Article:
An article in the Economist in 2014 noted that the expenditure on cloud applications was small compared to the huge amount business spent on IT as a whole. However, it pointed out that corporate reluctance to cloud computing was starting to be overcome.
Since April when I started my new role at Flowgear, I have become increasingly aware how strong, convincing and valuable it can be for business to embrace the cloud rather than resist it. I also attended the Gartner Application Architecture, Development and Integration Summit in London to help promote Flowgear, and heard senior Gartner analyst Andy Kyte speak on how old applications, i.e., on-premise systems, are being relegated, and even decommissioned, in favour of newer applications, which are increasingly cloud-based. His comment to me about the rate at which cloud computing was replacing some major on-premise systems was startling.
A major reason in my case for my previous ignorance and dismissal of cloud computing came from my work and background. As a baby boomer working in the ERP industry, my whole work experience was around on-premise applications, and I now realise that it was very difficult to see outside that envelope. I think it is also the perspective of many IT people of similar age and experience, and it may mean therefore that until the next generation become the decision makers, cloud computing won’t really take off. This may apply more in large businesses – in smaller ones and start-ups the Generation Xers and Millennials are already in charge.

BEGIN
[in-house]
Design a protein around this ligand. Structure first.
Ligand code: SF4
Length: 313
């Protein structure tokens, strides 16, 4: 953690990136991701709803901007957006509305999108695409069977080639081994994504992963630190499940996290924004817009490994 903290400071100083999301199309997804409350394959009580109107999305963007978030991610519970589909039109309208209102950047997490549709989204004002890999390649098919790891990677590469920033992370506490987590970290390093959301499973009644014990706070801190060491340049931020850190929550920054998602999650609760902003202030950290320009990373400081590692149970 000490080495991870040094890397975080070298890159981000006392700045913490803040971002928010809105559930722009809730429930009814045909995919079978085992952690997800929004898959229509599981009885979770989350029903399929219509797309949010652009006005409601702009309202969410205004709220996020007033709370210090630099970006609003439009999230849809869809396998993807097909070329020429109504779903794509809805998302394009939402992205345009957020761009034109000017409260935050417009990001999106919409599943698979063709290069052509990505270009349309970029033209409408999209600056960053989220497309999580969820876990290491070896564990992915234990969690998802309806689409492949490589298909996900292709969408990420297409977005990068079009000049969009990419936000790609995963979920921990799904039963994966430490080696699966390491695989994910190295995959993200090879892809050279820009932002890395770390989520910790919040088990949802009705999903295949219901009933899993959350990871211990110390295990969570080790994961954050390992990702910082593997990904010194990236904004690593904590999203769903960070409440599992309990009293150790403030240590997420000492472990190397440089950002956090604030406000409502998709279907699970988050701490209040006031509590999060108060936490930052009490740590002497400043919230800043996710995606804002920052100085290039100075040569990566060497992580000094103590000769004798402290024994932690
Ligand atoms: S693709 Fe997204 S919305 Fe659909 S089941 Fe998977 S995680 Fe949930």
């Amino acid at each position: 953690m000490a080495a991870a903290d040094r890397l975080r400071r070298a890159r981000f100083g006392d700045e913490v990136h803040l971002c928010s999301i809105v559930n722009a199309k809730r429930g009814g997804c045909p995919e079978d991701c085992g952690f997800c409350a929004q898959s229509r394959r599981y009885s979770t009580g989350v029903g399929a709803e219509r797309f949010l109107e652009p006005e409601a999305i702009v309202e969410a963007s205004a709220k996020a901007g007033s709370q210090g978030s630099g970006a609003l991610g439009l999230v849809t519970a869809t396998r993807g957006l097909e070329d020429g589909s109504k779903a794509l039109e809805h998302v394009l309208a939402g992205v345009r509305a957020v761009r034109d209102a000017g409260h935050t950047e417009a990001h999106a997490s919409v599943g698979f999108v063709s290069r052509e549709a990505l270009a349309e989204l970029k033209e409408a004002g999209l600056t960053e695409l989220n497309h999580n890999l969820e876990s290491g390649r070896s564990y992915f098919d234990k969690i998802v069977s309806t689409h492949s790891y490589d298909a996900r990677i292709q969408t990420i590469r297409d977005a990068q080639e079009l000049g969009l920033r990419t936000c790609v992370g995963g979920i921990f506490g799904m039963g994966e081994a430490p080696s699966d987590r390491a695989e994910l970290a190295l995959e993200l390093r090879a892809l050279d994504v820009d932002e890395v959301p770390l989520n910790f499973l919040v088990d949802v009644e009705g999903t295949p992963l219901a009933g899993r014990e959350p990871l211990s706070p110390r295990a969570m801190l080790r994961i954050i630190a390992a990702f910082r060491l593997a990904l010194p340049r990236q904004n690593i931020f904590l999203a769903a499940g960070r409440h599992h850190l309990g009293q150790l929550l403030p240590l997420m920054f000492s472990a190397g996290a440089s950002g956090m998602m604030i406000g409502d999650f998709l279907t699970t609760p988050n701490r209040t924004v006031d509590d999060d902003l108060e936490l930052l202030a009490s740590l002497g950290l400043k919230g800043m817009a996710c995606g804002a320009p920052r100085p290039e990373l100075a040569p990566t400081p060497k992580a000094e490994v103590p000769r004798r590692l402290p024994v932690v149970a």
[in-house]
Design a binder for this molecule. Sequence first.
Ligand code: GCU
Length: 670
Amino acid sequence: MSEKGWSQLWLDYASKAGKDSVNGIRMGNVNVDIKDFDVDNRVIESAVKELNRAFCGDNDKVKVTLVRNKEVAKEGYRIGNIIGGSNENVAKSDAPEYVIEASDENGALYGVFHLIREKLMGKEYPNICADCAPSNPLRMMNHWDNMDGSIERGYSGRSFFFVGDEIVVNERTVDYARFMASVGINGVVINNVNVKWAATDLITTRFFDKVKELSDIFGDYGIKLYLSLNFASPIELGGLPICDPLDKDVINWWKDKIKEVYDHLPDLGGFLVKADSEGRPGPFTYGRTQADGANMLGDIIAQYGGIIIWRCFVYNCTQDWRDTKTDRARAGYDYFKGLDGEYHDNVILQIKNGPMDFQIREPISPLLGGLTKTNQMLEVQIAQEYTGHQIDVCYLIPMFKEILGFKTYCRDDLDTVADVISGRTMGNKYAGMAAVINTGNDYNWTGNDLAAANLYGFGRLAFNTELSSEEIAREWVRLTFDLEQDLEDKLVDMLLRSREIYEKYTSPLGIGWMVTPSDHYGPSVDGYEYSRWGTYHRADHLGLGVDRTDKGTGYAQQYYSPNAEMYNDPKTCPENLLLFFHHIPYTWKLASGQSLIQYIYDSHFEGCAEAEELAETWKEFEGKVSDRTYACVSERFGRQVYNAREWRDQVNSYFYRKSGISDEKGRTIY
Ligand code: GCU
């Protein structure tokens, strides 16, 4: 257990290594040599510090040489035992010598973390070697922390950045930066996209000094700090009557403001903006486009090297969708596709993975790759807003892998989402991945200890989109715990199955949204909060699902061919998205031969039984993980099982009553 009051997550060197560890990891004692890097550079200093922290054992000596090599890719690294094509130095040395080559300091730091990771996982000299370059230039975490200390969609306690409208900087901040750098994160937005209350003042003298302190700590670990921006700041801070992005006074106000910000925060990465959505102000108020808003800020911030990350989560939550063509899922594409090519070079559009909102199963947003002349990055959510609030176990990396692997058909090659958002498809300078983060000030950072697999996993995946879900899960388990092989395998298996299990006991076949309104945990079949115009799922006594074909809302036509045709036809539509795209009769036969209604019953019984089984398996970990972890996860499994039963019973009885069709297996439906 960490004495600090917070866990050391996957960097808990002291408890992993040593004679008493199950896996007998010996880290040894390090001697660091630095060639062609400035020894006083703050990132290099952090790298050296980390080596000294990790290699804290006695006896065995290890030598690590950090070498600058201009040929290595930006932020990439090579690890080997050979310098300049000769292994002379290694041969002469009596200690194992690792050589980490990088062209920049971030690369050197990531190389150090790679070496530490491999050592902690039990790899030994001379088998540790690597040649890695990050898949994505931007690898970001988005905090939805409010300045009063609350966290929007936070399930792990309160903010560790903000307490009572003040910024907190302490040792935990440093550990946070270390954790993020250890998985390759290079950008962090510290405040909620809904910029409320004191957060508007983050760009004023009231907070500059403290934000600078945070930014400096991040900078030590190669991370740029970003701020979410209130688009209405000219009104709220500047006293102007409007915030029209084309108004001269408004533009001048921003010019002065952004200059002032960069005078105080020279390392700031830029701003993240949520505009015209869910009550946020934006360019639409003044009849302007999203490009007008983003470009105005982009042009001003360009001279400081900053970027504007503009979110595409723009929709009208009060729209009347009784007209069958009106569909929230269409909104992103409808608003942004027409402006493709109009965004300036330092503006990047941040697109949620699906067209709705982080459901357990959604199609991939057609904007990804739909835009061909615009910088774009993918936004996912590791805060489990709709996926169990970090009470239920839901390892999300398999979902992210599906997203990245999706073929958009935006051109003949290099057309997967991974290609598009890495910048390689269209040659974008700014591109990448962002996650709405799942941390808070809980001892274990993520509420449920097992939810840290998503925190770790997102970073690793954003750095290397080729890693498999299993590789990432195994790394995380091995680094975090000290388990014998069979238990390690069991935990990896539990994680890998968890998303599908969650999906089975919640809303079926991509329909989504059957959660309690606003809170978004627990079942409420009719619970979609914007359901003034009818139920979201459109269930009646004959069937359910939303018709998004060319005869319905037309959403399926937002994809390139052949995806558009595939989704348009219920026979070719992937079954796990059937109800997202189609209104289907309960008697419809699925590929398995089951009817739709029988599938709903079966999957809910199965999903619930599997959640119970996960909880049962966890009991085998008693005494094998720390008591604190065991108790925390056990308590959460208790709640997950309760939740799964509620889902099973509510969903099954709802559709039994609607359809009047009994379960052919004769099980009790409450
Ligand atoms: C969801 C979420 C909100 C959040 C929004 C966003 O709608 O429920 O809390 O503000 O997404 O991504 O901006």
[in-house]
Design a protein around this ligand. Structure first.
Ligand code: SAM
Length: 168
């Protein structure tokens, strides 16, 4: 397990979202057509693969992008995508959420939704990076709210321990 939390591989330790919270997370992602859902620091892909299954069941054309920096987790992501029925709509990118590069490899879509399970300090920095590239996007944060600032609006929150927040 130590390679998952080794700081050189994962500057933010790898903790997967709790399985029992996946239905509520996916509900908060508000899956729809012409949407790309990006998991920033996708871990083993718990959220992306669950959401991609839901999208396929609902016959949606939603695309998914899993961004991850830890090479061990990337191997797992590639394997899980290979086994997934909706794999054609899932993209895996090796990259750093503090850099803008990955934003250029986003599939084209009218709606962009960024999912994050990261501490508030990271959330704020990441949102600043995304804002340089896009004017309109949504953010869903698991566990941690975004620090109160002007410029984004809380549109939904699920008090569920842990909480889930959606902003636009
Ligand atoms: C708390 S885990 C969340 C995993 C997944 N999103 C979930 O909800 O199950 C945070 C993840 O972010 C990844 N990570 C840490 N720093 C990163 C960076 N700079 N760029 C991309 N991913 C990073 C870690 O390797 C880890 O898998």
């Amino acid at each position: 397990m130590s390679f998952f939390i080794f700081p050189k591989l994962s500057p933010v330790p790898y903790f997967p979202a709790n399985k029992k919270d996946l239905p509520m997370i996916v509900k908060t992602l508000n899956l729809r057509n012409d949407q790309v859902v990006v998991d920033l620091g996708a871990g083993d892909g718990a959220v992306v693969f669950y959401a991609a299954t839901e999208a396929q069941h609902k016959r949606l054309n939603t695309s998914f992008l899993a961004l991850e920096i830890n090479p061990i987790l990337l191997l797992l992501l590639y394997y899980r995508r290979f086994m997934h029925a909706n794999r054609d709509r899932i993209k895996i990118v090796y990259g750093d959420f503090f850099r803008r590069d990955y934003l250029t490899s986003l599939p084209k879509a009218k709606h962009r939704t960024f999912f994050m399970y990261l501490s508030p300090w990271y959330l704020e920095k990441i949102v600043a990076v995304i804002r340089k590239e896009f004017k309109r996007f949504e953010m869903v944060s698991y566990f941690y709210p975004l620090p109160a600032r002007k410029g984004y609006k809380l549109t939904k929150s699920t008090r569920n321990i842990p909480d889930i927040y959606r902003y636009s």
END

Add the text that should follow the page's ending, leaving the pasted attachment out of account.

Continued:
Two recent articles on the ZDNet site have covered the topic of innovation and why cloud computing will grow. One article discussed how the enterprise technology incumbents were not seen as enabling innovation, and published survey results that showed cloud computing was the main platform for innovation.
The other article reviewed the drivers that would make businesses move to the cloud. It will boil down to competing in a new world of business. This will mean that companies will be running:
mostly off-the-shelf enterprise software with a handful of custom-developed applications, probably containing core IP.
It’s going to take some time, but:
Enterprises will make increasing use of platform as a service, enabling developers to create web and mobile apps for any platform that integrates easily with software as a service and on-premises applications. Cloud technologies will be pervasive, with all corporate data managed using a cloud-based business model, underpinned by a hybrid cloud infrastructure.
I am now starting to wonder – I got my first experience of the enterprise software industry in the late 1990s, when ERP was beginning to come of age; within five years it was booming. I am now doing a similar thing with enterprise cloud computing; where that will be in 2020?